viii. Implementation of National Lake Conservation Plan (NLCP) and National Wetland Conservation Programme (NWCP) for conservation and management of identified lakes and wetlands in the country which have been merged in February, 2013 into an integrated scheme of National Plan for Conservation of Aquatic Eco-systems (NPCA) to undertake various conservation activities including interception, diversion and treatment of waste water, pollution abatement, lake beautification, biodiversity conservation, education and awareness creation, community participation etc. 

This information was given by Minister of State (Independent Charge) for Environment, Forest and Climate Change, Shri Prakash Javadekar, in Lok Sabha today. 

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Green Economy 

The concept of green economy lacks an internationally agreed definition or universal principles. The Rio + 20 outcome document identifies green economy in the context of sustainable development and poverty eradication and it affirms that approach will be different in accordance with the national circumstances and priorities for each country. Accordingly, green economy in India is seen in the context of sustainable development and inclusive economic growth including poverty eradication. The Government endeavors to address all the three dimensions of sustainable development (social, economic and environmental) in a balanced manner. 

One of the objectives of the Paris Agreement on Climate Change is to hold the increase in global average temperature to well below 2 °C above pre industrial levels and to pursue efforts to limit temperature increase to 1.5°C above pre-industrial levels, recognizing that this would significantly reduce the risks and impacts of climate change. The Agreement also talks about reaching the global peaking of emissions by the second half of the century, recognizing that peaking will take longer for developing country Parties. 

This information was given by Minister of State (Independent Charge) for Environment, Forest and Climate Change, Shri Prakash Javadekar, in Lok Sabha today. 

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Air Pollution 

The Government has notified National Ambient Air Quality Standards envisaging 12 pollutants to control air pollution under the Environment (Protection) Act, 1986. These norms have been formulated to adopt uniform methodology for measurement of air pollutants with the help of network of 612 monitoring stations set up across the country. The Government has also notified emission standards for on-road vehicles and mass emission standards for new vehicles under the Motor Vehicles Act, 1988. The same are enforced by Transport Departments of the State Governments through Pollution Under Control (PUC) regime. Central Pollution Control Board (CPCB) has set up a mechanism called ‘Environmental Surveillance Squad’ (ESS) programme for carrying out surprise inspections of industrial units based on adoption of a uniform approach and elimination of subjectivity in scheduling of inspection. The role of State Pollution Control Boards / Pollution Control Committees is critical in enforcing the provisions of the Environment (Protection) Act, 1986, Water (Prevention and Control of Pollution) Act, 1974 and the Air (Prevention and Control of Pollution) Act, 1981.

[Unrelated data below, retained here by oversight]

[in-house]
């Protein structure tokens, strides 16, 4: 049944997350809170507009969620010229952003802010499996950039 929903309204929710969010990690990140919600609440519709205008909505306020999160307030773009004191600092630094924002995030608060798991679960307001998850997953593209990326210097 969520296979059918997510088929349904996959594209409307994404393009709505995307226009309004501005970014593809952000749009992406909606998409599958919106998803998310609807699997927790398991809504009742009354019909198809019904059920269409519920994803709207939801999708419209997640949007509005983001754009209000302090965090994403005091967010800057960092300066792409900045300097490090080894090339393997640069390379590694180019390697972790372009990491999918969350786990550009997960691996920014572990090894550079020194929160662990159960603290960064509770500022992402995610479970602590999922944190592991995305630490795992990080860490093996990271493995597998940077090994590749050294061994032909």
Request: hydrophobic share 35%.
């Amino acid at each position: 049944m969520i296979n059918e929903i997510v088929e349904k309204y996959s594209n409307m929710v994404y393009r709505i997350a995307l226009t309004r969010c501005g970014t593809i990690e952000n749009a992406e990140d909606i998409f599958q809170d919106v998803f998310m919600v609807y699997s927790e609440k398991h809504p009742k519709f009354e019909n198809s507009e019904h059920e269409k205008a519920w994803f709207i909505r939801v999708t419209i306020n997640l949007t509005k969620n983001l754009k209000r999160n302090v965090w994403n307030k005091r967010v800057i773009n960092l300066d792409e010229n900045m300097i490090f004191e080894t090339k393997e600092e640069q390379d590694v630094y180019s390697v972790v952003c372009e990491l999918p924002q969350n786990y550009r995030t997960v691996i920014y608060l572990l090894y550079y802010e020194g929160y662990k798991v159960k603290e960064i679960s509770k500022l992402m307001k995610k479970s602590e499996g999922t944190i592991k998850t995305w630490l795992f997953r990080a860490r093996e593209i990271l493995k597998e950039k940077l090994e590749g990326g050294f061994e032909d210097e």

The steps taken by the Government to mitigate air pollution in cities in the country include the following:- 

(i) Notification of National Ambient Air Quality Standards envisaging 12 pollutants; 

(ii) Formulation of environmental regulations / statutes; 

(iii) Setting up of monitoring network for assessment of ambient air quality; 

(iv) Introduction of cleaner / alternate fuels like gaseous fuel, ethanol blend etc. replacing petrol and diesel; 

(v) Promotion of cleaner production processes; 

Taking note of the gravity of Air Pollution, the Government has taken some more measures, which include: 

(i) Launched National Air Quality index by the Prime Minister in April, 2015 starting with 10 cities and now extended to 23 cities; 

(ii) Implementation of Bharat Stage IV (BS-IV) norms in 63 selected cities and universalization of BS-IV by 2017; 

(iii) Decision taken to leapfrog directly from BS-IV to BS-VI fuel standards by 1st April, 2020; 

(iv) Comprehensive review of all Waste Management Rules including Municipal Solid Waste, Plastic Waste, Hazardous Waste, Bio-medical Waste and Electronic Waste. 

(v) Ban on burning of leaves, biomass, municipal solid waste; 

(vi) Promotion of public transport network of metro, buses, e-rickshaws and promotion of car pooling, Pollution Under Control, lane discipline, vehicle maintenance; 

(vii) Revision of existing environmental standards and formulation of new standards for prevention and control of pollution from industries. 

(viii) Regular co-ordination meetings at official and ministerial level with Delhi and other State Governments within the NCR. 

(ix) Issuance of directions under Section 5 of Environment (Protection) Act, 1986 and under Section 18(1)(b) of Water (Prevention and Control of Pollution) Act, 1974 and Air (Prevention and Control of Pollution) Act, 1981. 

(x) Installation of on-line continuous (24x7) monitoring devices by major industries. 

This information was given by Minister of State (Independent Charge) for Environment, Forest and Climate Change, Shri Prakash Javadekar, in Lok Sabha today.